To determine which kind of loan makes the most sense for your budget, it’s best to consult with a mortgage professional.
Find Your Professionals
When purchasing your first home, it’s best to lean on those who are familiar with the industry. A real estate agent will help you find a property that meets your specifications and requirements. They’ll also help you negotiate and will assist you through the critical inspection and closing phases of your transaction. However, it’s your mortgage Loan Consultant that will be among your most important resources once it’s time to turn your offer into a purchase.
Your Mortgage Lender’s Role Begins Early in the Process
Your mortgage lender will not only help you attain the funds to purchase your first home, but can identify programs that fit your unique needs and help to ensure that the process goes seamlessly from start to finish. Some states and other entities even sponsor special home loan programs for first-time buyers that can benefit you greatly. Ask your Loan Consultant what is available in your area.
Find Your Dream Home
Before hitting the open houses or even considering making an offer on your dream home, at minimum, it is a good idea to meet with your Loan Consultant to pre-qualify you for a loan. Doing so will arm you with the knowledge of how much of a house you could afford based on the information you provide. Better yet, having a pre-approval from a qualified lender is a much stronger representation of your ability to purchase and is an essential component when submitting an offer on the house you want to buy. As there are often many buyers competing with you for the same house, having your loan process completed up front will assure you have the best chance of prevailing in your offer.
To pre-approve you for a loan, your Loan Consultant will help you complete a loan application. Additionally, you’ll need to supply documents that verify your income, employment, credit score, financial assets, and the source of funds for any necessary down payment.
Apply for a Mortgage
Your Loan Consultant will provide you with loan program details, loan comparisons, and pricing to help you decide which program best fits your situation. Some states and other entities even sponsor special home loan programs for first-time buyers that could benefit you greatly. Ask your Loan Consultant what is available in your area.
Once you find your home, make an offer and get under contract, the next stage begins – securing the mortgage loan that is specifically tied to the property you have contracted to purchase.
Your Loan Consultant’s team will prepare your loan request and submit it to underwriting (administrative review). If approved, you may be asked to supply additional documentation such as documentation of your down payment source, further information on your income, etc. Your loan approval will also require documentation from other sources to achieve a full approval and clear to close decision. Let’s cover a few of these examples.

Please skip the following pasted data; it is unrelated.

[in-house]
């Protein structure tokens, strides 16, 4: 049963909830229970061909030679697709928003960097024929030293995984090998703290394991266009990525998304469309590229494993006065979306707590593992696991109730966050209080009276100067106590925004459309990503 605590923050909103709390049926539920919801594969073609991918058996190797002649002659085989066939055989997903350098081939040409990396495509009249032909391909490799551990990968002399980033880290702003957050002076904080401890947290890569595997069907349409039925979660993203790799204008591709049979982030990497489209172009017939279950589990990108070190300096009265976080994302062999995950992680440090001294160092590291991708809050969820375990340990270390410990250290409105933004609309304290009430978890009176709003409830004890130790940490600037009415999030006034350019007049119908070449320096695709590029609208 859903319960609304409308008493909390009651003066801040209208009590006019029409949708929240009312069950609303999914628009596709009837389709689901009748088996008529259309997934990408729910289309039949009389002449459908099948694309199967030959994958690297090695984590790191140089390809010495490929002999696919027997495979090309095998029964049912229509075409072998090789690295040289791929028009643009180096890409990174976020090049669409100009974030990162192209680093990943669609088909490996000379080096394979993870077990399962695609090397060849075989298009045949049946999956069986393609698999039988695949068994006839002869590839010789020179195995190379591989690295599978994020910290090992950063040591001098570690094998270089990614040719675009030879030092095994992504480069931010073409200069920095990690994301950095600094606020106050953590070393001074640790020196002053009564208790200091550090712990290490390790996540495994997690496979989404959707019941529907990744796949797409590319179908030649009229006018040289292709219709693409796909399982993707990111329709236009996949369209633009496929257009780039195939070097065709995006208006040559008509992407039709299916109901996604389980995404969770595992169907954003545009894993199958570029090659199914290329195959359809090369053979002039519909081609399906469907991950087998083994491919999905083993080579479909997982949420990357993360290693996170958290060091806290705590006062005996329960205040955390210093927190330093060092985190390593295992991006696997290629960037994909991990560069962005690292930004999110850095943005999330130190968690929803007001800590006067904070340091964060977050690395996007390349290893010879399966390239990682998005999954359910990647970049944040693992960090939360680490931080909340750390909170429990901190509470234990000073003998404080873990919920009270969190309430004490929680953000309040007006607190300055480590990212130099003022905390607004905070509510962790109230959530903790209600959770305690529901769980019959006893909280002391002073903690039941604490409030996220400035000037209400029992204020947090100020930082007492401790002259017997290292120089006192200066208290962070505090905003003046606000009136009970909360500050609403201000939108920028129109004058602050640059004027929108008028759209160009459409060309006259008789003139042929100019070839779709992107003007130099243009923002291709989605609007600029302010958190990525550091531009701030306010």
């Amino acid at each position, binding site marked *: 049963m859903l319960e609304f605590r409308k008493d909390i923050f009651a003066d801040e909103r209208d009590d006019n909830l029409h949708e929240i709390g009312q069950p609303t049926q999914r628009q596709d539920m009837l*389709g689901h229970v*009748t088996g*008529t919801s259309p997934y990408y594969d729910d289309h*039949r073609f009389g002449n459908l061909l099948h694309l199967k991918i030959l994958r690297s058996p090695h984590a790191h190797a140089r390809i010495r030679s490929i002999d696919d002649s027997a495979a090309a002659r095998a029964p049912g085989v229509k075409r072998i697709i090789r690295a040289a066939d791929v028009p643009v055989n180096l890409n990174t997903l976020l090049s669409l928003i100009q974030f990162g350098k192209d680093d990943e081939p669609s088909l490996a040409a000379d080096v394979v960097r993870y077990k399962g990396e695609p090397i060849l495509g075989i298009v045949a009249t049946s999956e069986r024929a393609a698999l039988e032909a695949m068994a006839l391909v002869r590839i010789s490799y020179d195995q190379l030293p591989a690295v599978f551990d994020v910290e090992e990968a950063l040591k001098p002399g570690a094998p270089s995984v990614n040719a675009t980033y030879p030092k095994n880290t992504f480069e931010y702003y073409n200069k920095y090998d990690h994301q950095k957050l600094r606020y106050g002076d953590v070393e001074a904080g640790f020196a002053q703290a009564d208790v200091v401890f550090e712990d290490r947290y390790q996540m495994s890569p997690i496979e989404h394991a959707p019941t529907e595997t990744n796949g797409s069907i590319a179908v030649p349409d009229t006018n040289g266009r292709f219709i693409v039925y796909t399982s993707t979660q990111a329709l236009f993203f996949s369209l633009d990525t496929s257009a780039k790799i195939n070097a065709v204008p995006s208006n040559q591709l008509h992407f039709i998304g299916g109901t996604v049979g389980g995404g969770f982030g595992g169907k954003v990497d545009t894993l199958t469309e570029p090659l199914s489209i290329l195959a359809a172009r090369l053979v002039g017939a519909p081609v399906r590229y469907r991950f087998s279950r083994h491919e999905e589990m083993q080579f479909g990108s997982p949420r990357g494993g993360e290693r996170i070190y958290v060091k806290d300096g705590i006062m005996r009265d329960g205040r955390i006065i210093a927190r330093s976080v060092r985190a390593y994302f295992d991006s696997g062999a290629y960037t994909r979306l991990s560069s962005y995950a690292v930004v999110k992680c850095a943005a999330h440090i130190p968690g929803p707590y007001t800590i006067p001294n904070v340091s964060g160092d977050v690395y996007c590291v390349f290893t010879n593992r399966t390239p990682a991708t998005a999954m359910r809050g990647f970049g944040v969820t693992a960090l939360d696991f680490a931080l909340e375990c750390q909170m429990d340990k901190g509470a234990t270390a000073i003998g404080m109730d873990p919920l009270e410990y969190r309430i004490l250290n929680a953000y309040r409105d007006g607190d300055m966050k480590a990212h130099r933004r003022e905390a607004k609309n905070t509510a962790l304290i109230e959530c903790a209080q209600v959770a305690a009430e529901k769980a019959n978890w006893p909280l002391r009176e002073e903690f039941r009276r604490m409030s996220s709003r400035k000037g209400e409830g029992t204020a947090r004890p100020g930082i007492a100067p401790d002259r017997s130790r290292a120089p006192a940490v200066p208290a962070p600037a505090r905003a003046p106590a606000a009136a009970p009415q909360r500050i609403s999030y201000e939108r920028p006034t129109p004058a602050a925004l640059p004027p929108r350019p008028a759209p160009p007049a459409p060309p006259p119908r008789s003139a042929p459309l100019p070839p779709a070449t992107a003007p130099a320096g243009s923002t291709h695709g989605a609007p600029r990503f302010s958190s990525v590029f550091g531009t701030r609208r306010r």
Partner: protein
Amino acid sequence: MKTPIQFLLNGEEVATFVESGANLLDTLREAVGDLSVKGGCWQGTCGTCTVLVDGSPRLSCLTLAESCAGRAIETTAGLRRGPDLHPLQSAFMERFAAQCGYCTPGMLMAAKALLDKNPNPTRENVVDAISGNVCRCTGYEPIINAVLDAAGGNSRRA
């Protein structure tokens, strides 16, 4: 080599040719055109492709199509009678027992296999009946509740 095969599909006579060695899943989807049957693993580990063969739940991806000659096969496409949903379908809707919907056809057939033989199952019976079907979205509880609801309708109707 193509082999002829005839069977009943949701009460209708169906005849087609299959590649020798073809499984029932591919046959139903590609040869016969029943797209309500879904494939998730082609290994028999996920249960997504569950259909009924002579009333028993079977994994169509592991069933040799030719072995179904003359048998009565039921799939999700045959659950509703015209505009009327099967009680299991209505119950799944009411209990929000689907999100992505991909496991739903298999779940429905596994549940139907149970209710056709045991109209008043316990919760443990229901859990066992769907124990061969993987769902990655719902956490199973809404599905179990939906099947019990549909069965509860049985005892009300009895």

Once your dream home’s sellers have accepted your offer, even though it is not a lender requirement, you will want to conduct a home inspection. Hiring an inspector is the responsibility of the buyer. An inspector will examine your future home for any structural, systems and safety issues and will deliver a full report. The inspector’s report will help you make an educated decision on whether to move forward with purchasing the property. After the inspection, you can decide whether to negotiate with the sellers to make repairs, or adjust their asking price.
The next inspection of the home will be required by your mortgage company and most loan programs – the appraisal. An appraiser will be sent to the home to make sure the price is representative of market value of comparable properties in the area (“comps”) based on a physical inspection of the home (verify square footage, # bedrooms & baths, quality of construction and amenities, etc.) as well as take into account any upgrades that have been made to the property or will be required as a condition of a renovation loan.
Following inspection, appraisal and final approval of your mortgage, you will be clear to close escrow and your closing date will be confirmed. You will receive additional loan documentation to review and accept prior to closing and your Loan Consultant will help you answer any questions you may have concerning those documents.
At closing, you’ll review the legal documentation related to the home sale with a representative from the title company handling your real estate purchase. Your Loan Consultant and real estate agent will also be present.
Be ready to read and sign many legal documents. Don’t be shy about asking questions of your title or escrow officer. They’re present to facilitate the process. Once all documents have been signed and notarized and all closing costs have been paid, the title of the home will officially transfer to you. Congratulations, new homeowner!